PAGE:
quotes from books I'm reading¶
time and space
If you are depressed you are living in the past. If you are anxious you are living in the future. If you are at peace you are living in the present.
time is useful for understanding impermanence
space is useful for understanding non self
turning confusion into clarity
We do not practice to become enlightened; we practice in order to recognize we are already enlightened.
Geshe Ben had explained that he caught himself cleaning purely for self-centered reasons.
All he wanted to do was create a good impression of himself, so he threw dirt around the room to clean out the smell of fake holiness.
Awareness exists whether we are happy or sad, calm or anxious. It does not increase or decrease. We don’t attain awareness; rather we learn to recognize it, and this recognition awakens the enlightened nature of mind.
The Three Stages of Meditating on Emptiness
- emptiness links insight with shamatha logically or by experiencing
- intellectual deduction
- Direct realization defines the third stage of emptiness meditation.
Natural and unnatural suffering - Mingyur Rinpoche
We speak of natural and self-created suffering.
Death is the most obvious example of natural suffering…. The Buddha called birth, sickness, old age, and death the four rivers of natural suffering, predictable and certain.
But fear of death or fear of pain is self-created suffering. We actually do this to ourselves.
If we examine the nature of this arbitrary, unnecessary experience of suffering, and if we truly recognize how insubstantial it is, then we can begin to let go of it…
most used words in this book
- mind 393
- practice 252
- beings 170
Vajra speech Tulku Urgyen Rinpoche
There are two types of ignorance: coemergent and conceptual ignorance.
In the moment after seeing our essence, it almost immediately slips away. We get distracted and we start to think of something. Coemergent ignorance is simply to forget. Conceptual ignorance comes in the moment after forgetting, forming thought after thought.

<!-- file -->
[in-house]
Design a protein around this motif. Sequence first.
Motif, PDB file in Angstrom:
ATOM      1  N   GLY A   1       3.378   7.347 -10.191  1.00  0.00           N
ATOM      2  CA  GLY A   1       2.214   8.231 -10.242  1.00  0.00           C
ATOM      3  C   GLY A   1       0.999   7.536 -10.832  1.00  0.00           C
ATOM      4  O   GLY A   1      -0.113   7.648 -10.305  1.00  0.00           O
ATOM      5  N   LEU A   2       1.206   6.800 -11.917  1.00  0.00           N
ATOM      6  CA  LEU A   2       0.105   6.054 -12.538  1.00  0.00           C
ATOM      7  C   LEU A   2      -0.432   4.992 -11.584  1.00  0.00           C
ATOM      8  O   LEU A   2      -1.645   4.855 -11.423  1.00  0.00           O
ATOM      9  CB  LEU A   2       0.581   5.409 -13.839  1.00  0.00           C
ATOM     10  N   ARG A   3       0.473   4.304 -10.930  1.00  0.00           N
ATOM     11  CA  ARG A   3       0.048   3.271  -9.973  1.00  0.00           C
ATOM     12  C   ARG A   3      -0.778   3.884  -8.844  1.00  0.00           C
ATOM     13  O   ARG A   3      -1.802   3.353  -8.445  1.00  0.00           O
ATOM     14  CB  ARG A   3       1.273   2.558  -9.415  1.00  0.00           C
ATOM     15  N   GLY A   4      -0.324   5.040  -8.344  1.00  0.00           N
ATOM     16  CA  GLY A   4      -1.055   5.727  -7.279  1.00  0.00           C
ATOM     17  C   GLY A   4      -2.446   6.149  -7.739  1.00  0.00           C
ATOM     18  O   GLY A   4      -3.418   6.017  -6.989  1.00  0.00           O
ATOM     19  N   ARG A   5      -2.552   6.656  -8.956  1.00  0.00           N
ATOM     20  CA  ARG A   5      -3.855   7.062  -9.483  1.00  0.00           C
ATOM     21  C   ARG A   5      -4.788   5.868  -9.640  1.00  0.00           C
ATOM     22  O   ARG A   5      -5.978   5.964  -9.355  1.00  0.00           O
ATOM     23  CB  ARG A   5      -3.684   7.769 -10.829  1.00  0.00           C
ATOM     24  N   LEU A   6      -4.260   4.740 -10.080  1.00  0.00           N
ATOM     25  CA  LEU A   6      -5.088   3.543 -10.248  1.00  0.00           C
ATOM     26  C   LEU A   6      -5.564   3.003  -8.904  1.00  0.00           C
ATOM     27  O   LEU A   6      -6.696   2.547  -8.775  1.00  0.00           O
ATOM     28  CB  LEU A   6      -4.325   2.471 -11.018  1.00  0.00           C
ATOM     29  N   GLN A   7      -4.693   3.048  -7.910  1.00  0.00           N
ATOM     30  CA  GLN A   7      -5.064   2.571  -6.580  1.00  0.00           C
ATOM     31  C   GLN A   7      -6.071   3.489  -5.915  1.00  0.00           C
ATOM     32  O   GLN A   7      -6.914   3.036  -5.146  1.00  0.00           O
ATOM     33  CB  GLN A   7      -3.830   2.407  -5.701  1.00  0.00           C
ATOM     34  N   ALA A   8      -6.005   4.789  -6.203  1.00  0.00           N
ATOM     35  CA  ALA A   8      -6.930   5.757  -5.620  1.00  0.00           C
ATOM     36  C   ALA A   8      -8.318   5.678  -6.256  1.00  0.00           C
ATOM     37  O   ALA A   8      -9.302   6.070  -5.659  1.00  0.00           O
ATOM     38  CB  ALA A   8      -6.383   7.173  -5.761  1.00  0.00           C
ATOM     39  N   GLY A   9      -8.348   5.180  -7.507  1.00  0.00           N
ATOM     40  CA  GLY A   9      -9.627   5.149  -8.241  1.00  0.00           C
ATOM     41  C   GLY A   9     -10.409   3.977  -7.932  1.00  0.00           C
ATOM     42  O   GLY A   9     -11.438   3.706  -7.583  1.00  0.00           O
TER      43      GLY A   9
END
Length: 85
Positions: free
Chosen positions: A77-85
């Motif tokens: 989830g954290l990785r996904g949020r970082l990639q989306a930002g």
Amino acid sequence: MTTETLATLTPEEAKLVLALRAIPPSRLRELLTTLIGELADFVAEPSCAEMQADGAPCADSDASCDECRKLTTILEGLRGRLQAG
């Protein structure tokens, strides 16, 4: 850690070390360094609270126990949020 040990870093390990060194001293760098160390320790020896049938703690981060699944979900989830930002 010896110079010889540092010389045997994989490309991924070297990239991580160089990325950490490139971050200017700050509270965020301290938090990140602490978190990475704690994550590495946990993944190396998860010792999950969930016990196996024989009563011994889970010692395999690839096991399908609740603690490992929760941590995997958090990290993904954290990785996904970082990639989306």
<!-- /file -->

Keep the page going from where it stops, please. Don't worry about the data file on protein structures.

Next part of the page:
As one thought follows after another, a long train of thoughts can develop. Forgetting and thinking·- that is the twofold ignorance, coemergent ignorance and conceptual ignorance. If these two were purified, we would be buddhas. But as long as the coemergent and conceptual aspects of ignorance are not purified, we are sentient beings.
Man. Because he sacrifices his health in order to make money. Then he sacrifices money to recuperate his health. And then he is so anxious about the future that he does not enjoy the present; the result being that he does not live in the present or the future; he lives as if he is never going to die, and then dies having never really lived.
as it is vol 1
Thought in Tibetan is called namtok. “Nam” means the object, what is thought of. “Tok” means to make ideas and concepts about those objects. Namtok is something that mind churns out incessantly, day and night.
as it is vol 2
A buddha is someone who recognizes the essence itself, and is awakened through that. A sentient being is someone who doesn’t, and who is confused by his or her own thinking. Someone who has failed to recognize the essence of mind is called a sentient being. Realizing the nature itself and becoming stable in that realization is called a buddha.
vajra heart heart revisited
WHAT ARE PHENOMENA EMPTY OF? —His Holiness the Fourteenth Dalai Lama”
When we speak of a phenomenon as being empty, we are referring to its being empty of its own inherent existence. . . . Rather, this is an emptiness of an object of negation [inherent existence], which from beginningless time has never been known validly to exist.
Always scrutinize your own shortcomings. Ignore the faults of other people. Keep this attitude: “Whether they are pure or impure, it is none of my business!” Be your own teacher; keep a strict check on yourself. That is sufficient!
zen flesh zen bones
zen mind beginners mind
path of insight meditation pocket book
It begins with a training of awareness and a process of inquiry in ourselves. From this point of view, asking, “What is meditation?” is really the same as asking, “What is the mind?” or “Who am I?” or “What does it mean to be alive, to be free?”—questions about the fundamental nature of life and death. We must answer these questions in our own experience, through a discovery in ourselves. This is the heart of meditation.
this practice is a systematic development and opening of awareness called by the Buddha the four foundations of mindfulness: awareness of the body, awareness of feelings, awareness of mental phenomena, and awareness of truths, of the laws of experience
though our minds may be complicated, beauty is not. we don't have to strive to make beauty in our lives, or look far to find it. when the mind is still, we can see a magnificence in even the most ordinary things--the vividness of a sunset, the warmth of a smile, the simplicity of serving a cup of tea. we can see new life and growth. each thing is different from all others, each moment is unique
insight meditation retreat kit
heart of the great perfection